The idea: Hydrogen fuel is a promising alternative for the aviation industry. It provides much more power by weight than batteries, and unlike other jet fuels, it doesn’t produce any lasting greenhouse emissions when burned — the only byproduct is water. If the fuel can be made to work with existing engines, it would also avoid the need to replace aircraft or engines to mitigate emissions.

What’s new? Now, British engineering firm Rolls-Royce and the airline easyJet have demonstrated for the first time that a modern plane engine can be safely powered by hydrogen fuel. The companies’ ground test took place at the UK’s Boscombe Down military aircraft testing site, and the engine was a converted Rolls-Royce AE 2100-A turboprop, which is used to power regional aircraft. If additional tests go well, the next step will be ground testing of hydrogen fuel in a Rolls-Royce Pearl 15 jet engine, designed for business jets, before moving on to flight tests. 

The cold H2O: Hydrogen is abundant on Earth, but most of it is tied up with other elements, and the most common technique for producing pure hydrogen pulls it out of methane, releasing carbon dioxide in the process.

Alternatively, an electric current can be used to extract hydrogen from water, leaving behind only oxygen, but the process is expensive, and if the electricity is produced by fossil fuels, the climate benefits of the hydrogen fuel are minimized. Looking ahead: The electricity used to create Rolls-Royce’s hydrogen fuel came from wind and tidal power, but “green hydrogen” like that is scarce. For green hydrogen to play a significant role in aviation, we’ll need to dramatically increase the supply. Thankfully, while Rolls Royce works out the kinks of converting jet engines to run on hydrogen, others are looking for ways to scale up production, such as by using clean geothermal energy sourced from abandoned oil wells to power the process or by extracting hydrogen from saltwater at massive offshore wind farms. Source: ‚‚.

How Blue Condor will accelerate Airbus’ first hydrogen-powered test flights

Blue Condor, launched by Airbus UpNext, is taking a modified glider up to 33,000 feet – an extreme altitude for an aircraft that normally cruises below 10’000 feet – to analyse hydrogen combustion’s impact on contrail properties. The result of this analysis will provide critical information on aviation’s non-CO2 emissions, including contrails and NOx, in advance of the ZEROe demonstrator flight testing.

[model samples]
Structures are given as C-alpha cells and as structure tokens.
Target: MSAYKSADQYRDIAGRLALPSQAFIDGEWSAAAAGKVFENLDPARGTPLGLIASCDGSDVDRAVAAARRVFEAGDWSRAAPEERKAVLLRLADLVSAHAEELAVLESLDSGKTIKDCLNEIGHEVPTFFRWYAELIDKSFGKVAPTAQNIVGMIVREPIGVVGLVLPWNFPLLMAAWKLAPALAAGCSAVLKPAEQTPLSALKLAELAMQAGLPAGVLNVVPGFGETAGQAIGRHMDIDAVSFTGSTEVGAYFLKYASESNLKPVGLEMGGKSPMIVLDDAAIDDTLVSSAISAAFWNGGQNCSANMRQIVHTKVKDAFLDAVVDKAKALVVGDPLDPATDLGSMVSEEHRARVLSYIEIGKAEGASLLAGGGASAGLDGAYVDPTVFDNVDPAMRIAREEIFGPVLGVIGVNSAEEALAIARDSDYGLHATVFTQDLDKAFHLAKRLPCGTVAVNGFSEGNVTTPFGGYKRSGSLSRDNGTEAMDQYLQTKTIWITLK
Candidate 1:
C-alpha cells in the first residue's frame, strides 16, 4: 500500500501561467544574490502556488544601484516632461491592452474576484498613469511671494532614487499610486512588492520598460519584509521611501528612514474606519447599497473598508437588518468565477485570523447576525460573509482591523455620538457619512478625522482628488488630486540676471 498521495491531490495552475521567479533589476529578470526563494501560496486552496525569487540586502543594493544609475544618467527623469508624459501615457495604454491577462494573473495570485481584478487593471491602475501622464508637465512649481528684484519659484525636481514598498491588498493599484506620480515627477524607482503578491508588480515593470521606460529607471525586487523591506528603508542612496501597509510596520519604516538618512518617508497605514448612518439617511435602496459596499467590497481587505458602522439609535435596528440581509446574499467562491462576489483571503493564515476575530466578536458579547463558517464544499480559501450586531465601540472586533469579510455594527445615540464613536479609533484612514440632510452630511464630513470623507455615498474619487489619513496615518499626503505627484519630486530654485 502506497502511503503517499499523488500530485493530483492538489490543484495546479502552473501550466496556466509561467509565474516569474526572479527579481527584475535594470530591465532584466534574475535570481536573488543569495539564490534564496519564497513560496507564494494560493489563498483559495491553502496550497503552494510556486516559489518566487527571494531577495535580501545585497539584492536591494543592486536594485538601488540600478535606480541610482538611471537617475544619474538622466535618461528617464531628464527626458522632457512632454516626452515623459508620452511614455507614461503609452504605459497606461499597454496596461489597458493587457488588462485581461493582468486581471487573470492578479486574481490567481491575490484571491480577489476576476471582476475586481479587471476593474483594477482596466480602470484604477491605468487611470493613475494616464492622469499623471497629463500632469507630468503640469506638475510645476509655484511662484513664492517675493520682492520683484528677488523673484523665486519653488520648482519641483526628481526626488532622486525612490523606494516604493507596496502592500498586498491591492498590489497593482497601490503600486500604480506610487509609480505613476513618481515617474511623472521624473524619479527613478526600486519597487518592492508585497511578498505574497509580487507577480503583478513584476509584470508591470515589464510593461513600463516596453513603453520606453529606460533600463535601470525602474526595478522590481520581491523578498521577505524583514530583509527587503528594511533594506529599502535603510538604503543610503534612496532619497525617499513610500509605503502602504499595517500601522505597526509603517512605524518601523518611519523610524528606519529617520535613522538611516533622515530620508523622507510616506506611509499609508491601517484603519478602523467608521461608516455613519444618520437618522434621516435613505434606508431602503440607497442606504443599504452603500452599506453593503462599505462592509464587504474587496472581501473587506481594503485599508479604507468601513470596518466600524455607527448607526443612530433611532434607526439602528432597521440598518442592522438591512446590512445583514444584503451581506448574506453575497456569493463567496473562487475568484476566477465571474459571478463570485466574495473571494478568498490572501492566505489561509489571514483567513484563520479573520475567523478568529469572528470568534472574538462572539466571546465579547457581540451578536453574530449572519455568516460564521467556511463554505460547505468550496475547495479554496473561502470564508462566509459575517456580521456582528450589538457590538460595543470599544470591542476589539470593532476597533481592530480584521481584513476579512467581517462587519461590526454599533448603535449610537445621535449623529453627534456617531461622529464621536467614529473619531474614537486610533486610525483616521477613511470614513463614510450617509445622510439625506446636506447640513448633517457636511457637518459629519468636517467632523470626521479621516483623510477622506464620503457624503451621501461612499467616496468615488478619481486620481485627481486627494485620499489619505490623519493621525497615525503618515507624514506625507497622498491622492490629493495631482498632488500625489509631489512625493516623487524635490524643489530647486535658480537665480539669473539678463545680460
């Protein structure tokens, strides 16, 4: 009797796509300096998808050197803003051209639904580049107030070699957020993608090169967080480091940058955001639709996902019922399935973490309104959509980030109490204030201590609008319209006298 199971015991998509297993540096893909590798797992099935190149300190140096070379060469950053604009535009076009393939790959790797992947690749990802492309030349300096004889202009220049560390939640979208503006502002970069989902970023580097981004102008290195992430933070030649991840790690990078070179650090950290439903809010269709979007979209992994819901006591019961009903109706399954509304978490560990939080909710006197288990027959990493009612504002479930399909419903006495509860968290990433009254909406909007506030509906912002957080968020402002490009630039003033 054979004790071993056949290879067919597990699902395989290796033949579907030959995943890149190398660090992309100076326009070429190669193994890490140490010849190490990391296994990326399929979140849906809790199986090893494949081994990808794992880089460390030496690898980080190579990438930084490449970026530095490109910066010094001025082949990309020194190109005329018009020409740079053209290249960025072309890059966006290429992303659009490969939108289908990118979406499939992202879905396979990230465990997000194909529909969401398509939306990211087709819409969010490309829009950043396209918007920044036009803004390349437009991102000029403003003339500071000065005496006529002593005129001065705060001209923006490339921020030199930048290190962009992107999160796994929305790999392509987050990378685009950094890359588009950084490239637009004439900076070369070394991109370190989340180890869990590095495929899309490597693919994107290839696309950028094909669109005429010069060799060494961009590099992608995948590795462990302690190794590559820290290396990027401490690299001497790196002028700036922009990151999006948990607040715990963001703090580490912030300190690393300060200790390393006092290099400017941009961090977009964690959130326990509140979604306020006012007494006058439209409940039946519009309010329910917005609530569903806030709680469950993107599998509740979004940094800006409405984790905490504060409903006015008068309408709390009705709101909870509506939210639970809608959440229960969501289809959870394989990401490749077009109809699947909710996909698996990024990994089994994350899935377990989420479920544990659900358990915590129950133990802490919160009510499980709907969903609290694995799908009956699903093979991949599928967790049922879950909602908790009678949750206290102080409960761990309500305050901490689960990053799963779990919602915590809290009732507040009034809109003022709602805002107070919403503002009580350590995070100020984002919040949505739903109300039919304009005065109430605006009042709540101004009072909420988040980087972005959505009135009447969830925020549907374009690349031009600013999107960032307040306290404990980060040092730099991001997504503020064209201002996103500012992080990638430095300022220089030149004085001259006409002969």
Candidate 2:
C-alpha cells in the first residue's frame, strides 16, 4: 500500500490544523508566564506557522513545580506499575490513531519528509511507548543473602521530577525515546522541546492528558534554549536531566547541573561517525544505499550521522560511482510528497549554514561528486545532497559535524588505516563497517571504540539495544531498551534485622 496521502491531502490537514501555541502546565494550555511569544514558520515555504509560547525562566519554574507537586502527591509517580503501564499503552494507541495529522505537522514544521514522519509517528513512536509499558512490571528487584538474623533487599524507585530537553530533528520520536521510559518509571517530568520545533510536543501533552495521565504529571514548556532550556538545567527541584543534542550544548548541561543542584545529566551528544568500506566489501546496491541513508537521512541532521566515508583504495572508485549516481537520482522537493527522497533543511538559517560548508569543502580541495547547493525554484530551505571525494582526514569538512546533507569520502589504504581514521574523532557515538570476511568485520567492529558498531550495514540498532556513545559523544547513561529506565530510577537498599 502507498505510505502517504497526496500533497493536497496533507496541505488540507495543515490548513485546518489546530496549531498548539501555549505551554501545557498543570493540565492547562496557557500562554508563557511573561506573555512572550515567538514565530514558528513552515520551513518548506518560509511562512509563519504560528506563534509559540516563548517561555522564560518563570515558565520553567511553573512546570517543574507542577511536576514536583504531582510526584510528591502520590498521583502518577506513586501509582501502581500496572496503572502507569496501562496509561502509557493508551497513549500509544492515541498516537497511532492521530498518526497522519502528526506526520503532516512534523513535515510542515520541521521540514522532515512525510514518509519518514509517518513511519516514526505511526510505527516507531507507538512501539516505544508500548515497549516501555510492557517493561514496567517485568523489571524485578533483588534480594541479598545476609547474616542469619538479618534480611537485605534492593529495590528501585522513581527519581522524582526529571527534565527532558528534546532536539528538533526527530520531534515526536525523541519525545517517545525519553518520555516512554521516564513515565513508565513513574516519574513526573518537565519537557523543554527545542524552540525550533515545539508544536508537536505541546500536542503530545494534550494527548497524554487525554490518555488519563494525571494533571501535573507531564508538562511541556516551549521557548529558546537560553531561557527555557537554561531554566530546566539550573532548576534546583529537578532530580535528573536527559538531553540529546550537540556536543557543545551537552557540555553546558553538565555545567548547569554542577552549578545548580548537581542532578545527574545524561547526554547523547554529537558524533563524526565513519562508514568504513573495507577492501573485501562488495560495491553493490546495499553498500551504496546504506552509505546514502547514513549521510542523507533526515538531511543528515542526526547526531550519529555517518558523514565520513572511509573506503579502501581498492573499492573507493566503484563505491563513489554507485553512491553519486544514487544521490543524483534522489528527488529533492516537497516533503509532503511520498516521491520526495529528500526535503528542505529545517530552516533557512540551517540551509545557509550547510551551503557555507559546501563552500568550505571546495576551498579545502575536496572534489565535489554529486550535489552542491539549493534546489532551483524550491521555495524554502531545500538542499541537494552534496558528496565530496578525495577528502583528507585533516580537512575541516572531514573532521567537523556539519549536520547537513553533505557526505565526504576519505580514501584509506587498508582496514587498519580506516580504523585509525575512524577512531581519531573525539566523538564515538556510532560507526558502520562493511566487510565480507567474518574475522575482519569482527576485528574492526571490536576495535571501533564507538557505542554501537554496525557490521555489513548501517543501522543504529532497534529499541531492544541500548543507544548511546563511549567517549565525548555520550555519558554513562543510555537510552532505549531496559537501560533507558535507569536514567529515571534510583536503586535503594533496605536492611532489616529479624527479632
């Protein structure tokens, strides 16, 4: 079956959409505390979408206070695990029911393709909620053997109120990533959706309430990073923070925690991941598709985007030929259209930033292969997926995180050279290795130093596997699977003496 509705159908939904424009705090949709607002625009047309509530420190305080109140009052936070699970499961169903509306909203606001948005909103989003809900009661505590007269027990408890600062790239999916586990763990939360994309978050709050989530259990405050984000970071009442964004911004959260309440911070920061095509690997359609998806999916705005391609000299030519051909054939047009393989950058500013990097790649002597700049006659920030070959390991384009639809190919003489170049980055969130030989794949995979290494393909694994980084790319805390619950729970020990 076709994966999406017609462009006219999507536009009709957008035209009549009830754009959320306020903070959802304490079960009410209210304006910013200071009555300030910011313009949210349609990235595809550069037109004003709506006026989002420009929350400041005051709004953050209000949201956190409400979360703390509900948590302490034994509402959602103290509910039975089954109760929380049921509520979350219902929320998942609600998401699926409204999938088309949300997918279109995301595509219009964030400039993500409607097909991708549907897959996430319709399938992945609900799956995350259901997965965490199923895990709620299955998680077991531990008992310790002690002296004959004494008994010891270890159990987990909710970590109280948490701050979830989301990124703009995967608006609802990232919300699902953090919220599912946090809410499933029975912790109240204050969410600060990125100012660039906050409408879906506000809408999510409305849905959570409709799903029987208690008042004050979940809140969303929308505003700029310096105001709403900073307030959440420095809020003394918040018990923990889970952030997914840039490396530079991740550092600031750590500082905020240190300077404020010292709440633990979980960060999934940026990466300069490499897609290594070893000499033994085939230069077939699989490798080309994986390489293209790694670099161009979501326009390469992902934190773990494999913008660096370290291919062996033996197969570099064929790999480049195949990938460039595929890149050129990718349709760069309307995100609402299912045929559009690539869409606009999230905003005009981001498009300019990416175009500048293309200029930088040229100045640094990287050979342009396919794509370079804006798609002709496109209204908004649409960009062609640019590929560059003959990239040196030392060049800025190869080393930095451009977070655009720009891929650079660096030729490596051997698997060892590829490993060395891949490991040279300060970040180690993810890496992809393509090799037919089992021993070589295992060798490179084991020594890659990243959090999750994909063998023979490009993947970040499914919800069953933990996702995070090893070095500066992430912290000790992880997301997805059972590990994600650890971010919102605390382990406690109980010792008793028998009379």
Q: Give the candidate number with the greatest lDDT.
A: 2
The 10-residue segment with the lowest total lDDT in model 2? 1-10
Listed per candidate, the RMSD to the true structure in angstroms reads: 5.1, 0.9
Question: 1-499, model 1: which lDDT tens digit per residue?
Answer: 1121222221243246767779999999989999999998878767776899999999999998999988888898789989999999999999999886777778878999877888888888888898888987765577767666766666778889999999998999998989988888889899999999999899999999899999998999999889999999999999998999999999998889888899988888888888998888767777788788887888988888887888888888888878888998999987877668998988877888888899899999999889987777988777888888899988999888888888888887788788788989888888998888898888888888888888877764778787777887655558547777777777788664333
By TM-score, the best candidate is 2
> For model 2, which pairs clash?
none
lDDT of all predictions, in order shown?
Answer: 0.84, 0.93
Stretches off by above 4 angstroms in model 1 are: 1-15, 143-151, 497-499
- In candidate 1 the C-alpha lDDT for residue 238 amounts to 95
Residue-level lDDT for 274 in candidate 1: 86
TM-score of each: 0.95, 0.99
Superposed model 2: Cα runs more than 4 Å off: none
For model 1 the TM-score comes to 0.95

The Arcus-J glider is somewhat of an outlier in the world of aviation. It is configured like any sailplane capable of free flight thanks to its 20-metre wingspan, but with the added advantage of a retractable PBS TJ-100 jet engine to optimise the glider’s self-launching and long cross-country capabilities. It all started in 2016. Bob Carlton of US company Desert Aerospace converted the Arcus-M, a motorised sailplane, into what is now known as an “Arcus-J jet sailplane.” After retrofitting the glider, Bob and the Arcus-J’s owner Dennis Tito powered up and embarked on the world’s first significant long-soaring flight in a jet-powered sailplane. Today, there are only a few Arcus-J gliders in the world. Now, two of these gliders have been called upon to undertake the Blue Condor mission – an Airbus UpNext project that focuses on analysing contrails and other emissions from a hydrogen combustion engine by comparing them to those produced by a conventional kerosene engine in the same power class. The Perlan Project, alongside Airbus and its technical partners, will modify one glider and, thanks to Perlan’s world-renowned, high-altitude piloting expertise, will operate the gliders at their limit during each phase of the mission.

A flight test campaign in three phases
The first phase of the Blue Condor project involves modifying one Arcus-J glider. Airbus engineers are replacing the rear pilot seating with a hydrogen-propulsion system. Two 700-bar gaseous hydrogen tanks will provide fuel to the turbojet hydrogen combustion engine. The second Arcus-J glider will remain unmodified, operating on its existing turbojet engine. Once fully modified, the glider is expected to take its first flight in July 2022. The aim of this first flight test campaign is to validate the overall platform configuration, as well as flight handling in real conditions. A second flight test campaign is planned for November 2022 during which the modified glider will operate exclusively on hydrogen.

The third flight test campaign, scheduled for early 2023, will see a Grob Egrett – another aircraft reputed for its long-endurance and high-altitude test capabilities – steer the two gliders to the test altitude, release them, and then mirror their every movement at speeds of 80-85kts during back-to-back tests. In doing so, the Grob Egrett will act as a “chase” aircraft, capturing critical data thanks to the emissions sensors and associated instrumentation provided by key partner DLR – the German aerospace centre. “The Blue Condor project is a major milestone on our ZEROe journey as it will launch the first series of in-flight tests using a hydrogen combustion engine at Airbus,” explains Mathias Andriamisaina, Airbus Head of Zero-Emission Demonstrators. “These flight test campaigns will provide an excellent knowledge base on hydrogen’s impact on engine behaviour, contrails and other non-CO2 emissions. This will undoubtedly inform the direction of future flight testing using the upcoming ZEROe A380 test platform.”